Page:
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Pro-Life Society would like to fly their flag downtown

Group also requested to paint a crosswalk, similarly to the rainbow one at Second and Main
Two people hold up the Pro-Life Society’s flag to show Smithers council what they’d like painted on a crosswalk along Main St. (Marisca Bakker/ The Interior News)

The Pro-Life Society of Smithers would like to display the pro-life flag on Main St., as well as, paint their flag on a crosswalk at the corner of Main and Second Avenue.

Two of the society’s board members, Betty Bandstra and Jessica Vandergaag made a delegation to Smithers council on June 13 with their requests. The gallery was filled with support for the delegation and a few people spoke in favour of it during the public comment period.

“It is this effort to educate the public about the danger to the most valuable group of human beings in our society, that we are asking that the pro-life flag be flown and or painted on a crosswalk,” Vandergaag told council. “We understand that our views are not necessarily shared by everyone. But these views themselves are not illegal and the freedom of speech in the charter gives us the right to express this in public places.”

She went on to say they were encouraged recently to hear the mayor and council advocate for freedom of speech when there was an attempt to stop the drag queen story time in Bovill Square during scheduled Pride events at the last regular meeting of council.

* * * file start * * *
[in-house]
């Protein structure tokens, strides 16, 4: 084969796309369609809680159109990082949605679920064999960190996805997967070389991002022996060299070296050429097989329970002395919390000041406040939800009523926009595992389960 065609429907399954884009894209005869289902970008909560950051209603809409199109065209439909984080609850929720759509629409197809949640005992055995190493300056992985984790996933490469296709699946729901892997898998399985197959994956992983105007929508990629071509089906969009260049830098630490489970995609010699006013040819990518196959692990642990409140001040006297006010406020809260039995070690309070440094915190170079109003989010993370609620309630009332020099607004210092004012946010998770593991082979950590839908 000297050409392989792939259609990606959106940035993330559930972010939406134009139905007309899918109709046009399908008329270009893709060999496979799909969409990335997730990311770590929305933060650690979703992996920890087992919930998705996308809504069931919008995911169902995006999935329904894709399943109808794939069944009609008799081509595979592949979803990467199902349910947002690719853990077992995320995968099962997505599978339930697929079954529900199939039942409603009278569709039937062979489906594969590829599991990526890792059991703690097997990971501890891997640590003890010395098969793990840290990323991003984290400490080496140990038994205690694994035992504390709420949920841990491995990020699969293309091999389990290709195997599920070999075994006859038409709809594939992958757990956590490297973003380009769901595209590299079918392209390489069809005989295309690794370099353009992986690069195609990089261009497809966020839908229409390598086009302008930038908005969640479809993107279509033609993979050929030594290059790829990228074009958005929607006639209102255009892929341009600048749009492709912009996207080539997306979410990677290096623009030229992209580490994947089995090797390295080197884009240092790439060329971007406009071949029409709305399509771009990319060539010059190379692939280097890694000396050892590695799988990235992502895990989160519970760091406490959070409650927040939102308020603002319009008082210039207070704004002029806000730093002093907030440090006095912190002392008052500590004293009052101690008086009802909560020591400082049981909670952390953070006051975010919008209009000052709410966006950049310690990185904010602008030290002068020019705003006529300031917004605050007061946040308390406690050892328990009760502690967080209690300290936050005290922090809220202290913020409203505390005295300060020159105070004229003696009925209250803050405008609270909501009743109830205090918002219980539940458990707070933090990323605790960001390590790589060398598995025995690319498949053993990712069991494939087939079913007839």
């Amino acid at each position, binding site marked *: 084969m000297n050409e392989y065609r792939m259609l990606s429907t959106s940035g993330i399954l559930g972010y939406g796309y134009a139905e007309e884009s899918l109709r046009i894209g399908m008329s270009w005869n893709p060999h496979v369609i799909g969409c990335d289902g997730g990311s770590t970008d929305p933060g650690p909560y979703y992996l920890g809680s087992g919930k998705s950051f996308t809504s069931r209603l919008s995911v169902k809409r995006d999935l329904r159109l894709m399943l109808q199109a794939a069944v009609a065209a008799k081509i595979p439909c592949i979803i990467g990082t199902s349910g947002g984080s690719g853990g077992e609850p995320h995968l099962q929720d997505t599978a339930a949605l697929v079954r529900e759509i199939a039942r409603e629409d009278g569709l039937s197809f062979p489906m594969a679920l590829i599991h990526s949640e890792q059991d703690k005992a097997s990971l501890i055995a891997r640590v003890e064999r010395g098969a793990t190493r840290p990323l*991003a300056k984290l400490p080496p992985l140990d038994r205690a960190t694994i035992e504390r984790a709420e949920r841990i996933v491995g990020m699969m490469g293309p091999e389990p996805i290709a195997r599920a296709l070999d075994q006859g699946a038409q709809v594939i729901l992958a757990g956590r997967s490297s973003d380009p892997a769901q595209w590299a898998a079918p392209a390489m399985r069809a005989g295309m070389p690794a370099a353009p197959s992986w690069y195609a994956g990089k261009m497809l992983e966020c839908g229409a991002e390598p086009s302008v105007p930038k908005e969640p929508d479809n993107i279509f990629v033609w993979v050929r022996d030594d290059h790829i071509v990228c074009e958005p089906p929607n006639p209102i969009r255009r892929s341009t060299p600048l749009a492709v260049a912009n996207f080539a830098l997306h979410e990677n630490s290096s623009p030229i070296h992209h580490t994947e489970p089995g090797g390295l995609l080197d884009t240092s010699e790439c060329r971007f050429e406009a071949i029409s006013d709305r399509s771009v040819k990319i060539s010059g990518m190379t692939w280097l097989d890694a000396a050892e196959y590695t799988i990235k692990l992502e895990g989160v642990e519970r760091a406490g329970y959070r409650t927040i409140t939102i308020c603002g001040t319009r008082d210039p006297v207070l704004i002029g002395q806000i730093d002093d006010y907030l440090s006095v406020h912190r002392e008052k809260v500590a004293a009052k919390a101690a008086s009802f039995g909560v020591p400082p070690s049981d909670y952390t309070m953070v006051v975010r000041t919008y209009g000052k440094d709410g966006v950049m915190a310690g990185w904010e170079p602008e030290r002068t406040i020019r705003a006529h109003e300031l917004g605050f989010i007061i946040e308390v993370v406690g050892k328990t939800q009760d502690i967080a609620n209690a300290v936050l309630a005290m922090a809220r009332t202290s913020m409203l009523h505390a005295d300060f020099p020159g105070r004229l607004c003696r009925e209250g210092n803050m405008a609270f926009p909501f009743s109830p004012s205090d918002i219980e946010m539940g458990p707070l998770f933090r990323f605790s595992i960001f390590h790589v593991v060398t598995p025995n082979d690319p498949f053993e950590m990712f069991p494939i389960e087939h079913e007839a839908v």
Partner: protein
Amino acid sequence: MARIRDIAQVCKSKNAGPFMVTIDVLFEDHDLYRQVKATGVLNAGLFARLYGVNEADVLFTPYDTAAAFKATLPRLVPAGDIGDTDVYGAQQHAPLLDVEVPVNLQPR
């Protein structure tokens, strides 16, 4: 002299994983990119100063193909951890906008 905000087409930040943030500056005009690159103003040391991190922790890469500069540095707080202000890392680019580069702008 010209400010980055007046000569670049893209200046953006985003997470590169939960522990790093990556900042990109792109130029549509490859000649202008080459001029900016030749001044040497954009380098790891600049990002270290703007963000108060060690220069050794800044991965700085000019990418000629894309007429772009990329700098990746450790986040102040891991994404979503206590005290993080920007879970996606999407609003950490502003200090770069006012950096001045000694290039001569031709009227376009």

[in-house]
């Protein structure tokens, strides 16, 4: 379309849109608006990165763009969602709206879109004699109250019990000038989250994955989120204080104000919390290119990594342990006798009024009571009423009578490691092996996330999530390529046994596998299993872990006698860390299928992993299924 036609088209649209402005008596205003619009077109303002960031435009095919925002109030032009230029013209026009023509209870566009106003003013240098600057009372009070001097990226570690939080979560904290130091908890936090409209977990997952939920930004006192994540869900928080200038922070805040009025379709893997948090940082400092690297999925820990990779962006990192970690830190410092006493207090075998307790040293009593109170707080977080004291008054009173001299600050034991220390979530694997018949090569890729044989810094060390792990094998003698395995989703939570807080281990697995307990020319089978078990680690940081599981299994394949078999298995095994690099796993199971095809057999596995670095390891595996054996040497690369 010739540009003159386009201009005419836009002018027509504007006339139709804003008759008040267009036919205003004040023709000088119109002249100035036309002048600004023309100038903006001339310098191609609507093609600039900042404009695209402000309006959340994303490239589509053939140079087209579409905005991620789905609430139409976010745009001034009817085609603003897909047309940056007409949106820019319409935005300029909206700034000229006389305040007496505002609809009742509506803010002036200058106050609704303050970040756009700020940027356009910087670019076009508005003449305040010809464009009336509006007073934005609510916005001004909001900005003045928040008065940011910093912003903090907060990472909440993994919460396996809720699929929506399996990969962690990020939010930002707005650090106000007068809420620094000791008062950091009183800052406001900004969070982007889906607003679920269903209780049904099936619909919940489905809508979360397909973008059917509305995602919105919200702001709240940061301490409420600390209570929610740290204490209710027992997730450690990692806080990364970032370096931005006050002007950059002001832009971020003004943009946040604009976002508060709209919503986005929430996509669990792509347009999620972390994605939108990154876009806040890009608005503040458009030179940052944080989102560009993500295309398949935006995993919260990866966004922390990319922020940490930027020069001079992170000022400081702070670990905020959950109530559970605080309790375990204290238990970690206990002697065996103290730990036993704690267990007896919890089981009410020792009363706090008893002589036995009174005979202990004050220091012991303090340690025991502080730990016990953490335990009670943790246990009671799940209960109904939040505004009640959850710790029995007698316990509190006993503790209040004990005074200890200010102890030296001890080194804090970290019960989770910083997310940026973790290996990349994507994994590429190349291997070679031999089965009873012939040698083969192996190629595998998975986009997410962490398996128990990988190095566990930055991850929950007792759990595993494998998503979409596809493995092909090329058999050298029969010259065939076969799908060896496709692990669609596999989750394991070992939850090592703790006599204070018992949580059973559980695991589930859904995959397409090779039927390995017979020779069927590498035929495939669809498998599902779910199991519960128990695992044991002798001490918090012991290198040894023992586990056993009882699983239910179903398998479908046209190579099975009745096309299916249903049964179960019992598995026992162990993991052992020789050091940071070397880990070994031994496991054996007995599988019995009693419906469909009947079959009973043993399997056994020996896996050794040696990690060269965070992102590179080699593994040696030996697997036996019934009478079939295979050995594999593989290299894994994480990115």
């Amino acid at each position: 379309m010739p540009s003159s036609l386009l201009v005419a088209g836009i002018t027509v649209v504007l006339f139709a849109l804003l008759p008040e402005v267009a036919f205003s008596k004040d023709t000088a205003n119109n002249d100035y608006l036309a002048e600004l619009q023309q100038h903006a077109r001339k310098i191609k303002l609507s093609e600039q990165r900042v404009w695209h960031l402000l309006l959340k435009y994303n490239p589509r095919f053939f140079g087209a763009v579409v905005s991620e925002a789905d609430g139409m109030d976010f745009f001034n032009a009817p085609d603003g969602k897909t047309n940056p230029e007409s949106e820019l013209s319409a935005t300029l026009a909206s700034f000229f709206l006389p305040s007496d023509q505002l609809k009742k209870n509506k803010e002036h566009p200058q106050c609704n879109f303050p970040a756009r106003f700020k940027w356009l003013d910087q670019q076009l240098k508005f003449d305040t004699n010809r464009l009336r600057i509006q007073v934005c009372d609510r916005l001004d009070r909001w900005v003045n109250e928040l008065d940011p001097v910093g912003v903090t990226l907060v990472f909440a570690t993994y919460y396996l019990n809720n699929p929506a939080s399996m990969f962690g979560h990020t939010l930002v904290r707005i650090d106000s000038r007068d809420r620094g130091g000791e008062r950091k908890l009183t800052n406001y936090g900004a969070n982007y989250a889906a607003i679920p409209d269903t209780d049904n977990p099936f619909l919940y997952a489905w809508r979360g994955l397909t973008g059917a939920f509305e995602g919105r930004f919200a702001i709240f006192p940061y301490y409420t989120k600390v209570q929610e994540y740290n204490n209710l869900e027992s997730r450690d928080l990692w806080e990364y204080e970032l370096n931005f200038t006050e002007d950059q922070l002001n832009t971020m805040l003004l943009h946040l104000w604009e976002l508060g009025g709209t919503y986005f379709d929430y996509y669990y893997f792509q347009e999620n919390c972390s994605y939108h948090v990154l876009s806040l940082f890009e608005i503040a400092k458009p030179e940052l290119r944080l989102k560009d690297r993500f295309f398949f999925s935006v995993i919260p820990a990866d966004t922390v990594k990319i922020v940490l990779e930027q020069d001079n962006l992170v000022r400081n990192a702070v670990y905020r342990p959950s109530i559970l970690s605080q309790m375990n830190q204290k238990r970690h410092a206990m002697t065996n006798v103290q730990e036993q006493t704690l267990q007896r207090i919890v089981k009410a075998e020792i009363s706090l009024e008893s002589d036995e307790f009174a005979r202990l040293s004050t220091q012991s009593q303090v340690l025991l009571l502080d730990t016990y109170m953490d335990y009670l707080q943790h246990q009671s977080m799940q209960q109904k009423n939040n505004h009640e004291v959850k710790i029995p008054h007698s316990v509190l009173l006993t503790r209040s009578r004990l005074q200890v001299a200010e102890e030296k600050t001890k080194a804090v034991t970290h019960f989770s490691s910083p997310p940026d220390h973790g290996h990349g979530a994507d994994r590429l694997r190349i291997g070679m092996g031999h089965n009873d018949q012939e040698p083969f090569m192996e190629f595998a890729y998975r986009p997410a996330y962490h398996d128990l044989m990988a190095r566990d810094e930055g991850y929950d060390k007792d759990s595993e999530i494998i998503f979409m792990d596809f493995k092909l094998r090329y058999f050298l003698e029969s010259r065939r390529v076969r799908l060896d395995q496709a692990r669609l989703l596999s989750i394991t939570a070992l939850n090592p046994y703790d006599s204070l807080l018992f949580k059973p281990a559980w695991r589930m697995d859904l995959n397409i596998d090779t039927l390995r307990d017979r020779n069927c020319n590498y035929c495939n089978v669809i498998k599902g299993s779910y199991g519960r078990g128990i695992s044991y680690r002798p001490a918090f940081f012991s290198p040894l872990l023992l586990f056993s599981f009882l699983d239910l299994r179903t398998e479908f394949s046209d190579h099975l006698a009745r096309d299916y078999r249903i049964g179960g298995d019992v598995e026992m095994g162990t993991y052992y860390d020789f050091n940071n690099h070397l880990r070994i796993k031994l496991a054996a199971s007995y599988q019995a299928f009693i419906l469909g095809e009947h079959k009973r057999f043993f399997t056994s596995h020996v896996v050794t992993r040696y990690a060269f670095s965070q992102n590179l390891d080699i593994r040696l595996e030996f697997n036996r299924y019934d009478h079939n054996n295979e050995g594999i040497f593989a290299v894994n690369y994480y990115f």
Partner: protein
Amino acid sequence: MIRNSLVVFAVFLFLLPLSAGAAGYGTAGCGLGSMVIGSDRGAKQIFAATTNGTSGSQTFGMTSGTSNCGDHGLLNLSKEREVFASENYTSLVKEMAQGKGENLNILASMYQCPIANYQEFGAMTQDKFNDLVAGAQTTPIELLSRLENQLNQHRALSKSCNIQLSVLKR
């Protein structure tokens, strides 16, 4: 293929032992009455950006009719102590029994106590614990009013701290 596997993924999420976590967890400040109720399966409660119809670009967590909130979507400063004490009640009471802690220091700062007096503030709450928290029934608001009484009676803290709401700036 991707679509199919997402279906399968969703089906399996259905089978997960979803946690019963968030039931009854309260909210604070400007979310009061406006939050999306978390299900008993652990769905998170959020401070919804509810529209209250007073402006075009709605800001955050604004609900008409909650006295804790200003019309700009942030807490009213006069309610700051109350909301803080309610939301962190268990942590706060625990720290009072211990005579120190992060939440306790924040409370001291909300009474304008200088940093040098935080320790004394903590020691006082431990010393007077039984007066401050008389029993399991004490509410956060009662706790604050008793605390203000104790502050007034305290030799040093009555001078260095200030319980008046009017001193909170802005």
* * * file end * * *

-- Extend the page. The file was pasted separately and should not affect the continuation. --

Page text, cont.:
The society thought the corner of Main and Second, where there is currently a rainbow crosswalk, would be a good spot for their flag to be painted, possibly opposite the other one so that the intersection could serve as a type of community announcement corner.

In 2015, council voted to paint the intersection of Main Street and Second Avenue with the iconic rainbow, which symbolizes pride and diversity in the lesbian, gay, bisexual, transgender and queer communities.

Vandergaag also noted that the town paid for the rainbow crosswalk and they would like the town to do the same for theirs.

“If council should decide not to approve the flag and/or crosswalk, then we respectfully submit that the town should cease from elevating one group above another through the motion of groups, ideologically identifying the symbol,” she concluded.

A similar request for a pro-life crosswalk was denied in 2015 when Smithers first painted the rainbow crosswalk.

It is customary for council not to respond to a delegation at the same meeting it is presented, but put the request on the next agenda for discussion.

The next regular council meeting is slated for June 26.

READ MORE: Smithers shows pride with rainbow crosswalk


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Marisca Bakker

About the Author: Marisca Bakker

Marisca was born and raised in Ontario and moved to Smithers almost ten years ago on a one-year contract.
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